img_1741As they surveyed all that lay before them, the forests were most impressive. ¬†England’s ¬†sparse woodlands could not compare. Though the settlement was raw and unfamiliar, they realized the intimidating forest held the future for those hardy enough to wrest it out. ¬†All they had to do was serve out their next four years to claim their portion, not thinking those same forests were home to indigenous people who’d thrived there for millennia.


Images pulled from internet

Andrew and Molly Part 3

img_1740“What have we gotten into?” ¬†moaned Andrew after three days locked in the hold. ¬†“Why did we Ever do this? ¬†I’ve got to figure a way out.”

“No! ¬†We wouldn’t be here if we had any other choice. ¬†We were starving and near to death. ¬†Things will have to be better in the colony. ¬†We’ll be on a farm again and free with land in four years. ¬†It’s the only way.” ¬†Molly’s optimism was wearing thin, but she held out hope. ¬†“Listen! ¬†We’re moving!” ¬†Sure enough, the chains creaked as the anchor was lifted and they were obviously leaving the harbor. ¬† ¬†An hour or so later, after they were too far to swim for shore, the doors to the hold were thrown open. ¬†The incarcerated rushed for the door and stood on deck for a last, long look at England. ¬†Many wailed as land slipped out of sight, knowing they’d never see home again nor maybe even the new country.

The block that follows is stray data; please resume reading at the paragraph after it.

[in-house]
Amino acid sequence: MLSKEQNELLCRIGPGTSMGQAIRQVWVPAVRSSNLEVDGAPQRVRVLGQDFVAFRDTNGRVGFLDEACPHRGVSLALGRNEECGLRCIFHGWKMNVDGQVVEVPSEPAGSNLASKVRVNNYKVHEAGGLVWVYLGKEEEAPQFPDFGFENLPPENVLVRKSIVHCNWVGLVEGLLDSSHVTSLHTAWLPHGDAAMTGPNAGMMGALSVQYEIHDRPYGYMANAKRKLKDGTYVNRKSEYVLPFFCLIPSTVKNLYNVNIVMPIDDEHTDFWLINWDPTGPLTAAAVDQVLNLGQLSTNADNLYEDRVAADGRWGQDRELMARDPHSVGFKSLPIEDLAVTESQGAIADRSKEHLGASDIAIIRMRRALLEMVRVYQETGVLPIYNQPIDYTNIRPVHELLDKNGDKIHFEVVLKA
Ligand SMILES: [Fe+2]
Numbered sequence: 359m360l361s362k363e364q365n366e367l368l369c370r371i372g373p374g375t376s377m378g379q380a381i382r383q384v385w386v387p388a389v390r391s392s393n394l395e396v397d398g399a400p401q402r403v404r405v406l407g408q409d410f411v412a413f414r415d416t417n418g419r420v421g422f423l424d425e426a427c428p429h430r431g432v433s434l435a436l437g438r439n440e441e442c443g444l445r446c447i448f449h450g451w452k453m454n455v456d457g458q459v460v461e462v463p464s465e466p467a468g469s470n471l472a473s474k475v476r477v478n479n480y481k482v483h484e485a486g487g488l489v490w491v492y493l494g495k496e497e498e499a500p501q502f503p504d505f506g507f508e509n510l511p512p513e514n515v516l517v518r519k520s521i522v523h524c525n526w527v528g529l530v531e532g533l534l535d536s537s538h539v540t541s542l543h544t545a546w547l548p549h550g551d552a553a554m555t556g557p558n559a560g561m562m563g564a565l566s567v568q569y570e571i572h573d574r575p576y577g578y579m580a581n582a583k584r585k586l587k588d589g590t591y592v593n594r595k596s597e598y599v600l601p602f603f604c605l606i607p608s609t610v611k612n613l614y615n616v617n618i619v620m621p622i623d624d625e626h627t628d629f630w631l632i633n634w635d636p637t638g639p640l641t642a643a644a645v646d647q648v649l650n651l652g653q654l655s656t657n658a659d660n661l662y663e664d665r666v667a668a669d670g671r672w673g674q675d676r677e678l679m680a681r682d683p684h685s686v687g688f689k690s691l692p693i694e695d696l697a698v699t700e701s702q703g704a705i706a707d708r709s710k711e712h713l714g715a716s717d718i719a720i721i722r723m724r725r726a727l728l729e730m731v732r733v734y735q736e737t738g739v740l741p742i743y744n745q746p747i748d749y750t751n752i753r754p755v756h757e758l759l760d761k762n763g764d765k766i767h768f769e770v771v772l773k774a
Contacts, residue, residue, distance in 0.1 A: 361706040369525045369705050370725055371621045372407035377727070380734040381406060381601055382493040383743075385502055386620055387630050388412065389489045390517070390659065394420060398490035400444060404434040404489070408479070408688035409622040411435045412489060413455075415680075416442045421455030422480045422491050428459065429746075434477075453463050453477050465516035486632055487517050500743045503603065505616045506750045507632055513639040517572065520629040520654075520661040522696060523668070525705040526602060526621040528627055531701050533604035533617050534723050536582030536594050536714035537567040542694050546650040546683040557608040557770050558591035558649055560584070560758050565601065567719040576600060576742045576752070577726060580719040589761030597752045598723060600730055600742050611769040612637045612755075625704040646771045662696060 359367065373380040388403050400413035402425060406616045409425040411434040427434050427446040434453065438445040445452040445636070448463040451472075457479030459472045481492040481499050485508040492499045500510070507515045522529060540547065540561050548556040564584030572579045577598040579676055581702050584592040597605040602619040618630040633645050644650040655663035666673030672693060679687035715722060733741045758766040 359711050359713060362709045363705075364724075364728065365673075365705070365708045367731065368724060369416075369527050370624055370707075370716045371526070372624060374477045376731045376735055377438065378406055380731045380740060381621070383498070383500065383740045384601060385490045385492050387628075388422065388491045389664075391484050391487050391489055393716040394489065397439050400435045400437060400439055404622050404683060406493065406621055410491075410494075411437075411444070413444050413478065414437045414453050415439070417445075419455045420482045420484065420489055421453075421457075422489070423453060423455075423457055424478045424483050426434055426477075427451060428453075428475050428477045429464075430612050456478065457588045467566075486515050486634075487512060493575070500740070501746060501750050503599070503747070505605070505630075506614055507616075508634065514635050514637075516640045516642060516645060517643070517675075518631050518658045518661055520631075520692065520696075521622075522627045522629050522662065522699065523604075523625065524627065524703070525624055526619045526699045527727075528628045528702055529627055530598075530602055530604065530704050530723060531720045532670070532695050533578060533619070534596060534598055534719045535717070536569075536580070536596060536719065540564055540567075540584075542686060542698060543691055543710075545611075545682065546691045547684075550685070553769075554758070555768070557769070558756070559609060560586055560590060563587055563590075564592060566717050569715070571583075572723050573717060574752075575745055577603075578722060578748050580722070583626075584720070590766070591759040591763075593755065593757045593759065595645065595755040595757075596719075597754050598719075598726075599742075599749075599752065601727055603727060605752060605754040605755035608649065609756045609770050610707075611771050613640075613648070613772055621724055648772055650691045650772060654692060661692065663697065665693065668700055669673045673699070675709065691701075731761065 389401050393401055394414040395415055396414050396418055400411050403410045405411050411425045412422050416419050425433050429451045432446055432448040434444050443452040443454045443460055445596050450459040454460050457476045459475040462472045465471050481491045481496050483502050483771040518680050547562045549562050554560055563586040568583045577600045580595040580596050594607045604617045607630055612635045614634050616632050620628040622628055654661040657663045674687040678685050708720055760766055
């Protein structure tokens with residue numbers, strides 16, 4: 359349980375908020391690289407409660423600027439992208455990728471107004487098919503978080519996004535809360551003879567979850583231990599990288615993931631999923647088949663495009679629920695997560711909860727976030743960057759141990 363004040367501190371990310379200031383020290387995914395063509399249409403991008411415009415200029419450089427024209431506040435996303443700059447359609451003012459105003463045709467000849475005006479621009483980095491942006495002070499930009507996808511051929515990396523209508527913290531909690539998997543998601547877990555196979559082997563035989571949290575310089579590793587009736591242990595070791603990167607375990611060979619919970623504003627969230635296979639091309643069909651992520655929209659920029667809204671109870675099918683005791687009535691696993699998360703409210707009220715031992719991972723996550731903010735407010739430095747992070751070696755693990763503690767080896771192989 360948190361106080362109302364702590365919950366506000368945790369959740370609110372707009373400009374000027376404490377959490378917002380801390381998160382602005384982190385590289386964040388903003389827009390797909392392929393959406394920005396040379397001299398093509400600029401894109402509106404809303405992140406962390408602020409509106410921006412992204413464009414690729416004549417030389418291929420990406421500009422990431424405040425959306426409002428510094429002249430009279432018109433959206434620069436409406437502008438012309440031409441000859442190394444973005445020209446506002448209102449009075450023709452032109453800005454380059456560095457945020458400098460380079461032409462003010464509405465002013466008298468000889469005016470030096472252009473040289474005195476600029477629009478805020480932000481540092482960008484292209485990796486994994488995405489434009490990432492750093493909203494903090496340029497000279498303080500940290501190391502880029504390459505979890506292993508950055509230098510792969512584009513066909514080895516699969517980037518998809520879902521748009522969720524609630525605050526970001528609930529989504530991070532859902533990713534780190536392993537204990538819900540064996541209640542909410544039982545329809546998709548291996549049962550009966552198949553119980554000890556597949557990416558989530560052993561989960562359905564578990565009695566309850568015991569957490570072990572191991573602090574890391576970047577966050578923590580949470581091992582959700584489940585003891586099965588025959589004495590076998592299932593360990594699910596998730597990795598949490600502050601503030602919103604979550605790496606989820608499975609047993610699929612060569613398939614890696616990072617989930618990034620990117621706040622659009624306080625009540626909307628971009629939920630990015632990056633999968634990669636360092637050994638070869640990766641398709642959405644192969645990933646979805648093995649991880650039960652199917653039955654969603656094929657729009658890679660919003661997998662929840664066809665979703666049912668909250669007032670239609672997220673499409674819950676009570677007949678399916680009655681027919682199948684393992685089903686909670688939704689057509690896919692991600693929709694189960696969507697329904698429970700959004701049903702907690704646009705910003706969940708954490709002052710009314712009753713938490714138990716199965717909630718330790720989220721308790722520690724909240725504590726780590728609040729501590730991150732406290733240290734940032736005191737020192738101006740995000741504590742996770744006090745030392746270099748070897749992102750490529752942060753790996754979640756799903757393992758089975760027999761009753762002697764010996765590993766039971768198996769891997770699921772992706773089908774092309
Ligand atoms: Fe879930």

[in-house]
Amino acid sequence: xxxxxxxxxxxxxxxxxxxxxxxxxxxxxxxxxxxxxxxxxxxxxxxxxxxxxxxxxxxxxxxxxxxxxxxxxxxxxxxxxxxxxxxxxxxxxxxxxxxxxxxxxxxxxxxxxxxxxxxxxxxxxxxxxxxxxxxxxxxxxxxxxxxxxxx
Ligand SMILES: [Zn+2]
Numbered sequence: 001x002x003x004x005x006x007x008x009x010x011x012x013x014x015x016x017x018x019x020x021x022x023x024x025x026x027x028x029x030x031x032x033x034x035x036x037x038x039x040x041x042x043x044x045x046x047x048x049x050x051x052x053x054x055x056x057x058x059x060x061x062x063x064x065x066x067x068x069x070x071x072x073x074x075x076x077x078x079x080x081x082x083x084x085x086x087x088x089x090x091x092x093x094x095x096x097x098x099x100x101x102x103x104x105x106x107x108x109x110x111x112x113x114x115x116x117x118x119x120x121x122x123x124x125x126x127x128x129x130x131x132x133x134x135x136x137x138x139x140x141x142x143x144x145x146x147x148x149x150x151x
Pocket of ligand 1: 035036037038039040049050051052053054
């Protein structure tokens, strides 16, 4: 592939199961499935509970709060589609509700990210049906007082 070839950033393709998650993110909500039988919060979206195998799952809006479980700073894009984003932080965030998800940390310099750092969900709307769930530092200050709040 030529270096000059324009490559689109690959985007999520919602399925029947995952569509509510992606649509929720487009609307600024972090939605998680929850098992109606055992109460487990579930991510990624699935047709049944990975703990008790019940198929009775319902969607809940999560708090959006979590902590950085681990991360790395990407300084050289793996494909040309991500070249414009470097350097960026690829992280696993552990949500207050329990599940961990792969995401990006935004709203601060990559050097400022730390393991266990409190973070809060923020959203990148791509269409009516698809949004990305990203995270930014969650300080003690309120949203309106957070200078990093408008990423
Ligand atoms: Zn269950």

Time on deck made the long journey more bearable, except for the miserable days of rain and storms. though it didn’t improve the quality or quantity of the rations. ¬†Fighting and attacks were common in the hold, though few had anything but weavilly biscuits to steal. ¬†Coughing and moaning broke their guarded sleep. ¬†Andrew never left Molly for a moment, knowing she’d be assaulted. ¬†Almost every morning, a cold body or two was pulled from the hold. ¬†The stench became more horrendous as the weeks passed. ¬†Neither suffered from sea-sickness till mid crossing when a storm raged. ¬†Both wretched miserably, not even attempting to make it to the bucket. ¬†Many of the emancipated passed and were slid into the raging sea. ¬†Andrew would have gladly sought death had it not been for Molly.

Finally, the weather cleared and they were able to go above board again, feeling hope for survival.  After seven weeks, a shout rang out. The Jamestown Colony was sighted!

Maybe they’d live after all!

Links to Parts 1 and 2



Andrew and Molly Part 2